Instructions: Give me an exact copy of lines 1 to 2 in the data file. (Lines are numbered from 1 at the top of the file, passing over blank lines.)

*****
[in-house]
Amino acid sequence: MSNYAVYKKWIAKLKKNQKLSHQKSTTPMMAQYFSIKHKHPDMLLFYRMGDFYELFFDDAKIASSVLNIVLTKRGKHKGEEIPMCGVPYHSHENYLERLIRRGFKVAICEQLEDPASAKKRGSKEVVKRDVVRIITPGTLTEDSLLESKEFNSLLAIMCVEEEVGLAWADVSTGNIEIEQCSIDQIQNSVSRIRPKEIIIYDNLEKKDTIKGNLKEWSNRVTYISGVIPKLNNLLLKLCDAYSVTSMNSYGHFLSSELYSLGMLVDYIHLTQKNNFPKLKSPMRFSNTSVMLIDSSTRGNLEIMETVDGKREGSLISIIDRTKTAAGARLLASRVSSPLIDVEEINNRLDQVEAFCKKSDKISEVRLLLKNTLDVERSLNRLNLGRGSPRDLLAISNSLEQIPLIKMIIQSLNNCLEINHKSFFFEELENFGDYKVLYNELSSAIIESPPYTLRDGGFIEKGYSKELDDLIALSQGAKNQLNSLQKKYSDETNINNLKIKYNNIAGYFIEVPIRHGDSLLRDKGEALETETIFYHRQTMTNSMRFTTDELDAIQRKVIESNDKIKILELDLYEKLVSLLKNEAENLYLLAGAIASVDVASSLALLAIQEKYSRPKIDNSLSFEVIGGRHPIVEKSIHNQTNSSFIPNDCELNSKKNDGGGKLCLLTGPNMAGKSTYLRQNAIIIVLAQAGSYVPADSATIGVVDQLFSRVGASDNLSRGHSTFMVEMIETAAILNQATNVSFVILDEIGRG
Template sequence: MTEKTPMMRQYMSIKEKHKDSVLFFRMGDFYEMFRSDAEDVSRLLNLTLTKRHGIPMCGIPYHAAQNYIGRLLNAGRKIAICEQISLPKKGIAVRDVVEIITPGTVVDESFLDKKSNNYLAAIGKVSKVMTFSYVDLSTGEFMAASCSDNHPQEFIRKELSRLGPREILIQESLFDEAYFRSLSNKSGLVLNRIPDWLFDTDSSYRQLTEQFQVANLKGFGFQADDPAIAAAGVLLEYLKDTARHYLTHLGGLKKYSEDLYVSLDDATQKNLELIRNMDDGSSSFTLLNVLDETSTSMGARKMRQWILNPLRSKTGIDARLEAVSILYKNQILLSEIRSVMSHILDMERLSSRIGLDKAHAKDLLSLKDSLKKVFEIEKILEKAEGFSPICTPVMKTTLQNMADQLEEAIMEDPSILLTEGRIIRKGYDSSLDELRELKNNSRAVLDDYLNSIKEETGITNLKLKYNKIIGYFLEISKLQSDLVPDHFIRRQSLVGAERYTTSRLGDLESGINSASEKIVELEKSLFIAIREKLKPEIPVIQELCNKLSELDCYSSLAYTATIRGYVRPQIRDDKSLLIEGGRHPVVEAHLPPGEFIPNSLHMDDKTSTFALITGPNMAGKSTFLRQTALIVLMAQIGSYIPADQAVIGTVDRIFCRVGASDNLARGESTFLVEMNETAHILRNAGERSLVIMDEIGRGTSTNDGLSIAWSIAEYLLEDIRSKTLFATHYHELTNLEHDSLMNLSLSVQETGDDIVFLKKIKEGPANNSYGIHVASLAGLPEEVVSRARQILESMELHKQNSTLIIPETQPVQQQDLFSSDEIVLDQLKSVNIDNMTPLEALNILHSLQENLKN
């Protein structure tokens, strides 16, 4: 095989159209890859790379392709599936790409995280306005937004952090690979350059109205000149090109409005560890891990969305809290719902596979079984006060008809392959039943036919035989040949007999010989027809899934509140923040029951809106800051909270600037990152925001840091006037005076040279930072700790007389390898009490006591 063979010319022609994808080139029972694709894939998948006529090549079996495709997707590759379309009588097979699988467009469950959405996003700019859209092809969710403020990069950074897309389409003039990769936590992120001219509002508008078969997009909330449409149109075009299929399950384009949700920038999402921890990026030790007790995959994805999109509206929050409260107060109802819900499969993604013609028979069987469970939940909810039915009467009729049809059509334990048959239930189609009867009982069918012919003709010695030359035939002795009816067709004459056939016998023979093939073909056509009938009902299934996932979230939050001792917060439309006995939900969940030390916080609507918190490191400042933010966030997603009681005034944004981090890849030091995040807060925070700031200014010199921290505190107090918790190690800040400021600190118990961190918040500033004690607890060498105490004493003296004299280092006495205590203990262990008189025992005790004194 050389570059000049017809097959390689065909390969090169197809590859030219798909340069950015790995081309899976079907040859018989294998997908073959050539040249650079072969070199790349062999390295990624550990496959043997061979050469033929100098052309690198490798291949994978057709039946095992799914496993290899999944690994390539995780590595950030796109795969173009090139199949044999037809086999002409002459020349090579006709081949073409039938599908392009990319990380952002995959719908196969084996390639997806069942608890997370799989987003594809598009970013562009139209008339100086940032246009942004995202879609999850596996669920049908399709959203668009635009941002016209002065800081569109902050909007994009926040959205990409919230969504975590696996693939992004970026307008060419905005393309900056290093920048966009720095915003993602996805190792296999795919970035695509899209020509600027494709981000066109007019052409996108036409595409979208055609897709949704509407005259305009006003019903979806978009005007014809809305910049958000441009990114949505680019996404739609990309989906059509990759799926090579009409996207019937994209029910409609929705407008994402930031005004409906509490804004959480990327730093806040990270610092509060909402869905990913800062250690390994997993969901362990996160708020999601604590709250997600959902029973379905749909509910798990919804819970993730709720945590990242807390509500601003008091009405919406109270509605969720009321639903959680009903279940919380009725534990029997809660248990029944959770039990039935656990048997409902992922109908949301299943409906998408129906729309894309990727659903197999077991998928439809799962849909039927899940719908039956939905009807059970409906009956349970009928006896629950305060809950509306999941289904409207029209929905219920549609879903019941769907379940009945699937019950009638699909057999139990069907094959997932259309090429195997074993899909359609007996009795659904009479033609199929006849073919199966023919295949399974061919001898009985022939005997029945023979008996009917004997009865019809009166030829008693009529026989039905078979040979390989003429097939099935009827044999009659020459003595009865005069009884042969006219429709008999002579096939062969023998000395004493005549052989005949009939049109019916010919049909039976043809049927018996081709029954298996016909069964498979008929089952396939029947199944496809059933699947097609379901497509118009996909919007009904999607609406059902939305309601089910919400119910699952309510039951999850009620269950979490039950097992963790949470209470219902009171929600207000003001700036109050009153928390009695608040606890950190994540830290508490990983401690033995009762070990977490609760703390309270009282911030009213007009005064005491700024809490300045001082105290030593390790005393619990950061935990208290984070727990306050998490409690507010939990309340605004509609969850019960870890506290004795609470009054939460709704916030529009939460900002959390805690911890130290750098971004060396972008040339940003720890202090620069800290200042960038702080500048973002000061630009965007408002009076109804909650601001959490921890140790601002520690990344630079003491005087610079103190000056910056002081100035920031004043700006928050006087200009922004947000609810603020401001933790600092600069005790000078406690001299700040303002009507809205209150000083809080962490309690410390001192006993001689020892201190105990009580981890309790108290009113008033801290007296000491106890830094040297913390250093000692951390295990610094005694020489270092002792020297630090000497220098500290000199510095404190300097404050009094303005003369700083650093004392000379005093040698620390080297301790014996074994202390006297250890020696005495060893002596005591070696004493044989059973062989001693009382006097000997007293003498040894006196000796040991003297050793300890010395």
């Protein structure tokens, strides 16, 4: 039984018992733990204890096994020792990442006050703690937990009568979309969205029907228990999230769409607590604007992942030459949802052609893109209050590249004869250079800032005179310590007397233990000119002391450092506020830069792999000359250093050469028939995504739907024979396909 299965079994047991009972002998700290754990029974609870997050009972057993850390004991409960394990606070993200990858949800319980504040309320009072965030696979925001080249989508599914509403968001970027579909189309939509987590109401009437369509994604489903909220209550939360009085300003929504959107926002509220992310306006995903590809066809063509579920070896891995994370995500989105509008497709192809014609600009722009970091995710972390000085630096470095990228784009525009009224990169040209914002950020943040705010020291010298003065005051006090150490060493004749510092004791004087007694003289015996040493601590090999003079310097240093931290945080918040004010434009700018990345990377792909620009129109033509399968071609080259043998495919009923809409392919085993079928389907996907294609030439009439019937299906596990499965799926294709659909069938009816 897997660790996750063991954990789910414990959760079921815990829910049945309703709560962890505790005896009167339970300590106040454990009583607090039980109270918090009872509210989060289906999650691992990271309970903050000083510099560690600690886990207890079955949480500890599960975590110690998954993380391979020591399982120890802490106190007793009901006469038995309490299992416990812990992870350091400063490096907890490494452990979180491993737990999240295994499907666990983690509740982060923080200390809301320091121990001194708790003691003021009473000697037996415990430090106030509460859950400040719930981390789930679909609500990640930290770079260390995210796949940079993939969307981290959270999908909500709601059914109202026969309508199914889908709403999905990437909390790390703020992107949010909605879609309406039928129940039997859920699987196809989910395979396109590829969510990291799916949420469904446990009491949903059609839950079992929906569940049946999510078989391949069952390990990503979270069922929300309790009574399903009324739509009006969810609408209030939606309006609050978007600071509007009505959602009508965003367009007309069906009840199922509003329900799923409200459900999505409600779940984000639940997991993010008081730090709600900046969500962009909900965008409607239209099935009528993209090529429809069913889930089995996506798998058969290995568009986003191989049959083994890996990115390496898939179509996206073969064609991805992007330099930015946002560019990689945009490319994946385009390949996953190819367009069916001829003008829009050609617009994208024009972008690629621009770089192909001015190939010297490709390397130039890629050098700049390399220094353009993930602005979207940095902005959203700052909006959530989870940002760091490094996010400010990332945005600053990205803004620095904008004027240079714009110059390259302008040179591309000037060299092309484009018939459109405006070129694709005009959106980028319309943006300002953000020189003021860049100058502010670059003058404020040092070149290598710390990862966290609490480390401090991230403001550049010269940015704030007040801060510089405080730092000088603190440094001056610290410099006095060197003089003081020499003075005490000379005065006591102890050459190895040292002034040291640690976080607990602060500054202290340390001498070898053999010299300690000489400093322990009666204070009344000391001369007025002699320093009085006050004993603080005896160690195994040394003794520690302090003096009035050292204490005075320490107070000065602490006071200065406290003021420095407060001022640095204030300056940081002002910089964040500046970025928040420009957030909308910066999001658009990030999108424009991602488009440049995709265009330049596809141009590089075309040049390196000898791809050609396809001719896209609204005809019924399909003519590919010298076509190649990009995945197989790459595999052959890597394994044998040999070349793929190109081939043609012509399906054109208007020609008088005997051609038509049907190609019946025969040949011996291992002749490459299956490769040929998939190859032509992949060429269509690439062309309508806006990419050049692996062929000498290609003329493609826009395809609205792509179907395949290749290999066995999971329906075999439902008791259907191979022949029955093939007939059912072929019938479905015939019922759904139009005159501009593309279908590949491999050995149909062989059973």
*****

[in-house]
Amino acid sequence: MSNYAVYKKWIAKLKKNQKLSHQKSTTPMMAQYFSIKHKHPDMLLFYRMGDFYELFFDDAKIASSVLNIVLTKRGKHKGEEIPMCGVPYHSHENYLERLIRRGFKVAICEQLEDPASAKKRGSKEVVKRDVVRIITPGTLTEDSLLESKEFNSLLAIMCVEEEVGLAWADVSTGNIEIEQCSIDQIQNSVSRIRPKEIIIYDNLEKKDTIKGNLKEWSNRVTYISGVIPKLNNLLLKLCDAYSVTSMNSYGHFLSSELYSLGMLVDYIHLTQKNNFPKLKSPMRFSNTSVMLIDSSTRGNLEIMETVDGKREGSLISIIDRTKTAAGARLLASRVSSPLIDVEEINNRLDQVEAFCKKSDKISEVRLLLKNTLDVERSLNRLNLGRGSPRDLLAISNSLEQIPLIKMIIQSLNNCLEINHKSFFFEELENFGDYKVLYNELSSAIIESPPYTLRDGGFIEKGYSKELDDLIALSQGAKNQLNSLQKKYSDETNINNLKIKYNNIAGYFIEVPIRHGDSLLRDKGEALETETIFYHRQTMTNSMRFTTDELDAIQRKVIESNDKIKILELDLYEKLVSLLKNEAENLYLLAGAIASVDVASSLALLAIQEKYSRPKIDNSLSFEVIGGRHPIVEKSIHNQTNSSFIPNDCELNSKKNDGGGKLCLLTGPNMAGKSTYLRQNAIIIVLAQAGSYVPADSATIGVVDQLFSRVGASDNLSRGHSTFMVEMIETAAILNQATNVSFVILDEIGRG